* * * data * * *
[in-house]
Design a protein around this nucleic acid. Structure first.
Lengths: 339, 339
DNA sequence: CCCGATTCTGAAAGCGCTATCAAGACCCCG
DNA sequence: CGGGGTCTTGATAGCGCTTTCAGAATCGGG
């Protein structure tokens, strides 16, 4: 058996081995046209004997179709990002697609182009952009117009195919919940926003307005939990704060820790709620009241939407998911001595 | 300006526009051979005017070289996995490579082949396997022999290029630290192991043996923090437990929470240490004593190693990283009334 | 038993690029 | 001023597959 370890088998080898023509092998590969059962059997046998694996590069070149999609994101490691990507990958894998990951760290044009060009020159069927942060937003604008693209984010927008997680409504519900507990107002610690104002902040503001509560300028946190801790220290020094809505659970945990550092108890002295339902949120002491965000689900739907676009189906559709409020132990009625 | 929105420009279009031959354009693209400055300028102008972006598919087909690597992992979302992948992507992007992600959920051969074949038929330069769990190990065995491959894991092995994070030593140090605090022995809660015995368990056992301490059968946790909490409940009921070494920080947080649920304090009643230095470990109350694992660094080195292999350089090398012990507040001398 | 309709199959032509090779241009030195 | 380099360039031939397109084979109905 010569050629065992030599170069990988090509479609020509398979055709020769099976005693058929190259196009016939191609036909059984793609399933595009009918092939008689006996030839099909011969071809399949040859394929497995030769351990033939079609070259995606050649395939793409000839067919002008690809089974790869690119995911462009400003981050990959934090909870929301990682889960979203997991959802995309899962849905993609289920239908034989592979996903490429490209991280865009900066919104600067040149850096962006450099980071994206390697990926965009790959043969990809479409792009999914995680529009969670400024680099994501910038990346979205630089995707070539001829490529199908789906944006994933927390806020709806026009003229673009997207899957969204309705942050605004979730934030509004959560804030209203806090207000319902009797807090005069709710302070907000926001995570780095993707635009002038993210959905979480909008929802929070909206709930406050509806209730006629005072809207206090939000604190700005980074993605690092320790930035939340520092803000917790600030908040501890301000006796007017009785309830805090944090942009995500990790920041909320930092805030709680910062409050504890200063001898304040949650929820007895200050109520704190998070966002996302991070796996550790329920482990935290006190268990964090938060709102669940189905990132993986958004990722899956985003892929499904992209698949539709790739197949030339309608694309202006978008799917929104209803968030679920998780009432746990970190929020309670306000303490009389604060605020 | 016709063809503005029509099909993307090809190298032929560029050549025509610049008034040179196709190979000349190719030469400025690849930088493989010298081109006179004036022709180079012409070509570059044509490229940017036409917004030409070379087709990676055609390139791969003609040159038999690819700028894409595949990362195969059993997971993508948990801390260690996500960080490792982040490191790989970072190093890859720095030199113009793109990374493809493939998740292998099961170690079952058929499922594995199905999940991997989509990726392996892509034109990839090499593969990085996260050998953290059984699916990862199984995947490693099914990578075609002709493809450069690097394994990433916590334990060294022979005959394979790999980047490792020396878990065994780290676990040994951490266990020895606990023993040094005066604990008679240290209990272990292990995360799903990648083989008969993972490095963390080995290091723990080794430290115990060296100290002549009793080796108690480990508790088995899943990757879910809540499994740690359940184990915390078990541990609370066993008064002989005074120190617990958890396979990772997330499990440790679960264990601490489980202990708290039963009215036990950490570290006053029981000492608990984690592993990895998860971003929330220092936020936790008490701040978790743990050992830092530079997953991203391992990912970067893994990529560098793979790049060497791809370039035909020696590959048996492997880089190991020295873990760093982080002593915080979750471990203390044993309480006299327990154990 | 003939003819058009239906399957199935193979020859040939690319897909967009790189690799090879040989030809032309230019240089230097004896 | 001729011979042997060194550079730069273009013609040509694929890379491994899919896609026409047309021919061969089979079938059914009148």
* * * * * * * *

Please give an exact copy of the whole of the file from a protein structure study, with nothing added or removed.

[in-house]
Design a protein around this nucleic acid. Structure first.
Lengths: 339, 339
DNA sequence: CCCGATTCTGAAAGCGCTATCAAGACCCCG
DNA sequence: CGGGGTCTTGATAGCGCTTTCAGAATCGGG
């Protein structure tokens, strides 16, 4: 058996081995046209004997179709990002697609182009952009117009195919919940926003307005939990704060820790709620009241939407998911001595 | 300006526009051979005017070289996995490579082949396997022999290029630290192991043996923090437990929470240490004593190693990283009334 | 038993690029 | 001023597959 370890088998080898023509092998590969059962059997046998694996590069070149999609994101490691990507990958894998990951760290044009060009020159069927942060937003604008693209984010927008997680409504519900507990107002610690104002902040503001509560300028946190801790220290020094809505659970945990550092108890002295339902949120002491965000689900739907676009189906559709409020132990009625 | 929105420009279009031959354009693209400055300028102008972006598919087909690597992992979302992948992507992007992600959920051969074949038929330069769990190990065995491959894991092995994070030593140090605090022995809660015995368990056992301490059968946790909490409940009921070494920080947080649920304090009643230095470990109350694992660094080195292999350089090398012990507040001398 | 309709199959032509090779241009030195 | 380099360039031939397109084979109905 010569050629065992030599170069990988090509479609020509398979055709020769099976005693058929190259196009016939191609036909059984793609399933595009009918092939008689006996030839099909011969071809399949040859394929497995030769351990033939079609070259995606050649395939793409000839067919002008690809089974790869690119995911462009400003981050990959934090909870929301990682889960979203997991959802995309899962849905993609289920239908034989592979996903490429490209991280865009900066919104600067040149850096962006450099980071994206390697990926965009790959043969990809479409792009999914995680529009969670400024680099994501910038990346979205630089995707070539001829490529199908789906944006994933927390806020709806026009003229673009997207899957969204309705942050605004979730934030509004959560804030209203806090207000319902009797807090005069709710302070907000926001995570780095993707635009002038993210959905979480909008929802929070909206709930406050509806209730006629005072809207206090939000604190700005980074993605690092320790930035939340520092803000917790600030908040501890301000006796007017009785309830805090944090942009995500990790920041909320930092805030709680910062409050504890200063001898304040949650929820007895200050109520704190998070966002996302991070796996550790329920482990935290006190268990964090938060709102669940189905990132993986958004990722899956985003892929499904992209698949539709790739197949030339309608694309202006978008799917929104209803968030679920998780009432746990970190929020309670306000303490009389604060605020 | 016709063809503005029509099909993307090809190298032929560029050549025509610049008034040179196709190979000349190719030469400025690849930088493989010298081109006179004036022709180079012409070509570059044509490229940017036409917004030409070379087709990676055609390139791969003609040159038999690819700028894409595949990362195969059993997971993508948990801390260690996500960080490792982040490191790989970072190093890859720095030199113009793109990374493809493939998740292998099961170690079952058929499922594995199905999940991997989509990726392996892509034109990839090499593969990085996260050998953290059984699916990862199984995947490693099914990578075609002709493809450069690097394994990433916590334990060294022979005959394979790999980047490792020396878990065994780290676990040994951490266990020895606990023993040094005066604990008679240290209990272990292990995360799903990648083989008969993972490095963390080995290091723990080794430290115990060296100290002549009793080796108690480990508790088995899943990757879910809540499994740690359940184990915390078990541990609370066993008064002989005074120190617990958890396979990772997330499990440790679960264990601490489980202990708290039963009215036990950490570290006053029981000492608990984690592993990895998860971003929330220092936020936790008490701040978790743990050992830092530079997953991203391992990912970067893994990529560098793979790049060497791809370039035909020696590959048996492997880089190991020295873990760093982080002593915080979750471990203390044993309480006299327990154990 | 003939003819058009239906399957199935193979020859040939690319897909967009790189690799090879040989030809032309230019240089230097004896 | 001729011979042997060194550079730069273009013609040509694929890379491994899919896609026409047309021919061969089979079938059914009148």